You may have no choice but to put down the Twinkie.
The whole world probably knows by now that Hostess Cupcakes,makers of snacks such as Twinkies, Ding-Dongs, Ho-Hos, and Wonder Bread, is going out of business. The 82-year-old company is based in Irving, TX (not too far from Dallas), and has 33 plants, all of which have been closed. 18,500 employees are losing their jobs (why do these things always seem to happen right before the holidays)?
One of the reasons the company is closing is because, according to Reuters, striking bakery workers refused to agree to an 8% paycut, a 20% increase in healthcare costs, closure of a number of plants, and other changes to benefits. For those 18,500 employees, I feel bad. I hope they find new, better-paying work soon.
But for the death of the Twinkie and the other nutritionally disasatrous junk food Hostess sells, I can't be sorry. Sure, a lot of people have nostalgia associated with the brand name junk that brightened up their school lunch boxes. I certainly ate my share of Twinkies, Ding-Dongs, and Little Debbie snack cakes (which were cheaper than Hostess, as I recall) as a kid. But now, more educated about nutrition, I'm happy to see a junk food brand bite the dust.
Amid all the political arguments about health care, insurance, the economy, and America going to hell in a handbasket, we should rejoice to see the end of sugar and chemical laden crap food. We should continue to press for more education about nutrition, and better availability of real food, especially in schools.
As I sit here and plan my decadent Thanksgiving menu, I think back to the holidays of my childhood, when quite a lot of our food came out of cans and packages. No wonder I didn't like veggies much. They were nasty. Gray, limp asparagus and peas boiled to mush and poured out of a watery can bear no resemblance to their crisp, green, flavorful origins. Sure, I liked green beans, as long as they were drenched in Cream of Mushroom soup topped with a breaded, fried onion concoction or thousands of calories' worth of crumbled up Ritz crackers. Naturally sweet yams, soaked in syrup in their can and topped with more sugar in the form of marshmallows. Nobody really liked the jellied cranberry sauce, squeezed from its can and still bearing the ridges of its container, but we had it anyway, because it was traditional. I never liked mincemeat pie, either, until I made it from scratch and realized that, far from a black cube of unrecognizable stuff which might or might not have contained actual meat, REAL mincemeat is a delicious combination of fruit and spices, and reasonably healthy, too, especially if you cut all but a tiny bit of the sugar the recipes call for.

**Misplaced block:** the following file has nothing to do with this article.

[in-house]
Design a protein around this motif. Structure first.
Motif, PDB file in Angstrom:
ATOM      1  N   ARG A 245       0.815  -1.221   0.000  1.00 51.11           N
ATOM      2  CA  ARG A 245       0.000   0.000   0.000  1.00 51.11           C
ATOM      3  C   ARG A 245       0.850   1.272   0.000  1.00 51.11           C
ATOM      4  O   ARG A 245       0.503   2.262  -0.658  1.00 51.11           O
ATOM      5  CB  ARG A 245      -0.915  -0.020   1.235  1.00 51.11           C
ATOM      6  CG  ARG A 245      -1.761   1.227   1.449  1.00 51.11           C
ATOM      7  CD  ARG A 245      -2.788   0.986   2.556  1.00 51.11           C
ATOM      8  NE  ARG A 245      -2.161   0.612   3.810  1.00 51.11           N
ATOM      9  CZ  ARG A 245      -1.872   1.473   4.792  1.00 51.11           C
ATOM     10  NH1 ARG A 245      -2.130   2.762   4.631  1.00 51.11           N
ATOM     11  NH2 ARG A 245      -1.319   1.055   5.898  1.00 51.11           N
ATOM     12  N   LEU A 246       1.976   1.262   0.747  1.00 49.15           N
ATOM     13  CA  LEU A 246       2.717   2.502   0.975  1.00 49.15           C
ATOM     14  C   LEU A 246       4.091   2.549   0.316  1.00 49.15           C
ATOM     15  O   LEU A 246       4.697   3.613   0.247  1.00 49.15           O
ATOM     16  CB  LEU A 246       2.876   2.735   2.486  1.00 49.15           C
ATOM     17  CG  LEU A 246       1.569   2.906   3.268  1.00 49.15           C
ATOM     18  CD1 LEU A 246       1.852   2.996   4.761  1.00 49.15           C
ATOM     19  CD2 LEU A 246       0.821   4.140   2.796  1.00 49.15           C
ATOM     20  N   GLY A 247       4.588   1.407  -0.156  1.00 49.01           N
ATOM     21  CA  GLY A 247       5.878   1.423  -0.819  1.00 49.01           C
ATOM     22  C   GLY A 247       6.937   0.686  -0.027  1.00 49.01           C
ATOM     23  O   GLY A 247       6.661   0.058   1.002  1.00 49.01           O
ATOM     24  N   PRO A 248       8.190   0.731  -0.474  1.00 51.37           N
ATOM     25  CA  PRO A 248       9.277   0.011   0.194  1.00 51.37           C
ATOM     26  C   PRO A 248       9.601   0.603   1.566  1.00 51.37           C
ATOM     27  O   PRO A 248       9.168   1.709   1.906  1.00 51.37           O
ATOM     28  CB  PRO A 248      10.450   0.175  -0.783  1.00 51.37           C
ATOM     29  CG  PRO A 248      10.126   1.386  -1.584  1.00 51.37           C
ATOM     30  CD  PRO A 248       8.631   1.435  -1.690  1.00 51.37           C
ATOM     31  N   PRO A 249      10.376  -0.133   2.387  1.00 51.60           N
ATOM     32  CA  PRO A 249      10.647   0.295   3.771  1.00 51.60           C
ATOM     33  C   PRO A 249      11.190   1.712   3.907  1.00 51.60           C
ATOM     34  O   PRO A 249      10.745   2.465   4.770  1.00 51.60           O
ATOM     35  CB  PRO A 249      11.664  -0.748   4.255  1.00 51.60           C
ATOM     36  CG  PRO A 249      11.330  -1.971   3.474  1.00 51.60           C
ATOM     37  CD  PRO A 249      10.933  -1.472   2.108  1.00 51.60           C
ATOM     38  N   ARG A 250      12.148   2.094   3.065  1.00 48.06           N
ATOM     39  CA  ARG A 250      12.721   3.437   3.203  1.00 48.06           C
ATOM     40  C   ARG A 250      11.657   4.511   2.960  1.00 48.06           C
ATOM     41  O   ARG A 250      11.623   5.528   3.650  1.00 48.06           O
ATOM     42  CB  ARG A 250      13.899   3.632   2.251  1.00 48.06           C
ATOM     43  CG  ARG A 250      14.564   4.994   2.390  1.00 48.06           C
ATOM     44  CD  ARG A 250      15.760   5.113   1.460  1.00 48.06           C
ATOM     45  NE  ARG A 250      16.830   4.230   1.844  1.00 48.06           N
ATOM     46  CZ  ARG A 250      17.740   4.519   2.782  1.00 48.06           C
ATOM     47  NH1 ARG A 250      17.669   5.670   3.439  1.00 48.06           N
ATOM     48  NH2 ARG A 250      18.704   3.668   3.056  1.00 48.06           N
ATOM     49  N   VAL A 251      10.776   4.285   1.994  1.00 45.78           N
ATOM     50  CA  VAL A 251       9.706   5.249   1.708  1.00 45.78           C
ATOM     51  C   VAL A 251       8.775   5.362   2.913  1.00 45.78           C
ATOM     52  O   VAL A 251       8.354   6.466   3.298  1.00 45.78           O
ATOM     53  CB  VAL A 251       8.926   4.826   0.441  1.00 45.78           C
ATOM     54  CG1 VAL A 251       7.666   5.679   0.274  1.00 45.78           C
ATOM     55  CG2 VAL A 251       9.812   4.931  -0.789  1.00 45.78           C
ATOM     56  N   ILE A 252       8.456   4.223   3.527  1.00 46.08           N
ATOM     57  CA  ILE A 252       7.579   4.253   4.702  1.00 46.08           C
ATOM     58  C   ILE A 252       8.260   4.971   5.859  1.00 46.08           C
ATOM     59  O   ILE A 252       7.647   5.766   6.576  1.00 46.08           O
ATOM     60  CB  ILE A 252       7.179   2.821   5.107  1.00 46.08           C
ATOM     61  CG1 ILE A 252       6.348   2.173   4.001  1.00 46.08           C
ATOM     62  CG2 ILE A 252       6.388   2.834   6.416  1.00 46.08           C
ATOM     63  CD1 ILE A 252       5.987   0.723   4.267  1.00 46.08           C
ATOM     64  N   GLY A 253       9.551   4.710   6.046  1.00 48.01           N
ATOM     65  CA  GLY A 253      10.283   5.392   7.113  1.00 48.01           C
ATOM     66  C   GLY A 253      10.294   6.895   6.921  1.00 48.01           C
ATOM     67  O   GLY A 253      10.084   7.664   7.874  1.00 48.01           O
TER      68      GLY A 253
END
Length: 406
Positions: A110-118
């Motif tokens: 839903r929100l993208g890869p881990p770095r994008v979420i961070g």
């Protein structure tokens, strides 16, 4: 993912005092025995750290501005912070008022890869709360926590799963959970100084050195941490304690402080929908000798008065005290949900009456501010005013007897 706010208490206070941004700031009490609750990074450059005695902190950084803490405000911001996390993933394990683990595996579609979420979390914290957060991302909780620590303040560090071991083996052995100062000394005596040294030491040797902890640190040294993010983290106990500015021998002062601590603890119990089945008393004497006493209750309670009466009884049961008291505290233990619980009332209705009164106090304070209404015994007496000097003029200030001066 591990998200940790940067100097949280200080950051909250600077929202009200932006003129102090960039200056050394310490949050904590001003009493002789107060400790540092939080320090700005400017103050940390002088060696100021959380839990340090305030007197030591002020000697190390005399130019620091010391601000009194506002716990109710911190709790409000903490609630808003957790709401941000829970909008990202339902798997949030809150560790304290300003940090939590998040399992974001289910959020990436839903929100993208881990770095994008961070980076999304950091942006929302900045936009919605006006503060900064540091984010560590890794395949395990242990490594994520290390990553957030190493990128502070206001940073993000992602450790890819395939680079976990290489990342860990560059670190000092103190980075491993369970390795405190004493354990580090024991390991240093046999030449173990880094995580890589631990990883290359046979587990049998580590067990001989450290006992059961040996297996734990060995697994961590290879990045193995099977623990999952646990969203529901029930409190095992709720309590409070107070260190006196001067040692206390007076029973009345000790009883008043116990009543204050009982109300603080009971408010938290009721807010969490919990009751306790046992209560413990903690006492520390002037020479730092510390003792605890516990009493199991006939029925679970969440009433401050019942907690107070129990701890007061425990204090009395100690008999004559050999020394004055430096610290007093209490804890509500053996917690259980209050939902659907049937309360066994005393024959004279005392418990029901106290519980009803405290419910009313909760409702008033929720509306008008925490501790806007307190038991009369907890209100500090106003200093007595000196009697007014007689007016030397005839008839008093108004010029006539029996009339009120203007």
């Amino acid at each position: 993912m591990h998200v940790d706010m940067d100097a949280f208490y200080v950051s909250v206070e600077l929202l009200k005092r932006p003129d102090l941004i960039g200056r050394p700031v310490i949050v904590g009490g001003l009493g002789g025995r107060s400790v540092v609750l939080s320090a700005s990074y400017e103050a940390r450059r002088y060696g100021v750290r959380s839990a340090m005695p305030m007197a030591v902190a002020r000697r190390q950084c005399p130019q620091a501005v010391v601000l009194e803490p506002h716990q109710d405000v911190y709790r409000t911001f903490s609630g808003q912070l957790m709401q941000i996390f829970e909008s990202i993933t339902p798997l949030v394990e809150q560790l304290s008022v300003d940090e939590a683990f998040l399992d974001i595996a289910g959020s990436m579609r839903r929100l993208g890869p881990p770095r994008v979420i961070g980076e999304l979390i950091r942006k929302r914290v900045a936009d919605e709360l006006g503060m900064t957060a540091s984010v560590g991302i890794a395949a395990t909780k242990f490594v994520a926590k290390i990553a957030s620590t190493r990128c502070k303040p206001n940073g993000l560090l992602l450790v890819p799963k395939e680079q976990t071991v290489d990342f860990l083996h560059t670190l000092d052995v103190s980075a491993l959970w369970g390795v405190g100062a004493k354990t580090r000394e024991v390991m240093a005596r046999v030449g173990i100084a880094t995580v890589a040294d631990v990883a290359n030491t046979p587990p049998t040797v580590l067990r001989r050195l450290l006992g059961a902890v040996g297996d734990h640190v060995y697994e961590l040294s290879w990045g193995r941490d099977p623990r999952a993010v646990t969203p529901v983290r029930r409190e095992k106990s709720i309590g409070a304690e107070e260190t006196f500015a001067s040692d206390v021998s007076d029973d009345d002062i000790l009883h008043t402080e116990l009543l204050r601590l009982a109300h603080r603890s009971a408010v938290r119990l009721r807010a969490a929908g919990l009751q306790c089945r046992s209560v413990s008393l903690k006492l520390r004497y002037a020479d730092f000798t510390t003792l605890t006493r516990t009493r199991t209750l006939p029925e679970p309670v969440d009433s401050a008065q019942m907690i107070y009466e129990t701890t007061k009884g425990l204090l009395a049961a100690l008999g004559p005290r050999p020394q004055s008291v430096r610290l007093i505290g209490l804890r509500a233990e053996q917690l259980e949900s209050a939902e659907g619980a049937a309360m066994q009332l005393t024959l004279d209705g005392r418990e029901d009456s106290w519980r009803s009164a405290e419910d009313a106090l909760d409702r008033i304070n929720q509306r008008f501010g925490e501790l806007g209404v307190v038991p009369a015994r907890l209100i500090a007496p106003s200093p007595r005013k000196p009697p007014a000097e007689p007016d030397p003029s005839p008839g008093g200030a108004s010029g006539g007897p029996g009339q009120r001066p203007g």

If I --- a child who grew up on the SAD diet, eating grilled sandwiches made of the cheapest white bread and hunks of Velveeta cheese, who thought Spam was a treat, with a Maryland Club coffee can full of bacon grease on the stove which was used to cook whenever we didn't use Crisco --- if I can re-educate my palate to despise the taste of artificial ingredients and find food that is as close to the way Mother Nature made it the most delicious, anybody can, really. And the more I learn, the more I believe it's not only the healthiest thing, but also the most economically sound and best for the environment and our country sort of thing to do.
So as I plan that decadent Thanksgiving menu, except for a few choice items, I'm taking out extra sugar and substituting lower or no fat products (like yogurt or almond milk for dairy, and apples or bananas for fat in baked goods). I'm experimenting with gluten-free alternatives, since my mom has recently decided to try gluten-free eating and gluten is the latest, greatest nutritional demon. All my decadences will be made from scratch, using high quality ingredients -- no preservatives, artificial colors, or things I can't pronounce. And even if I didn't enjoy cooking gourmet meals from scratch, even if I wanted a much quicker, easier, less messy celebration, it could be easily done without involving chemical shortcuts. Roasting veggies and a turkey, throwing together a great fall salad, whipping up some biscuits ... easy peasy. Even a simple pumpkin pie is actually a pretty healthy and extremely easy dessert!
No plant-manufactured assembly-line snack cakes have passed my threshold or my lips for more years than I can remember, nor shall they. But if you're a diehard Twinkie fan, don't despair. Someone is sure to buy up the best-selling brands and continue making them. And even if the brand does become extinct, what with all the chemicals and preservatives in Twinkies, you can hoard whatever you can find on the shelves now --- they'll last you the rest of your life, easy. Heck, if you buy enough, your grandkids will be able to eat them.
Of course, I'm hoping your grandkids will have better taste. ;)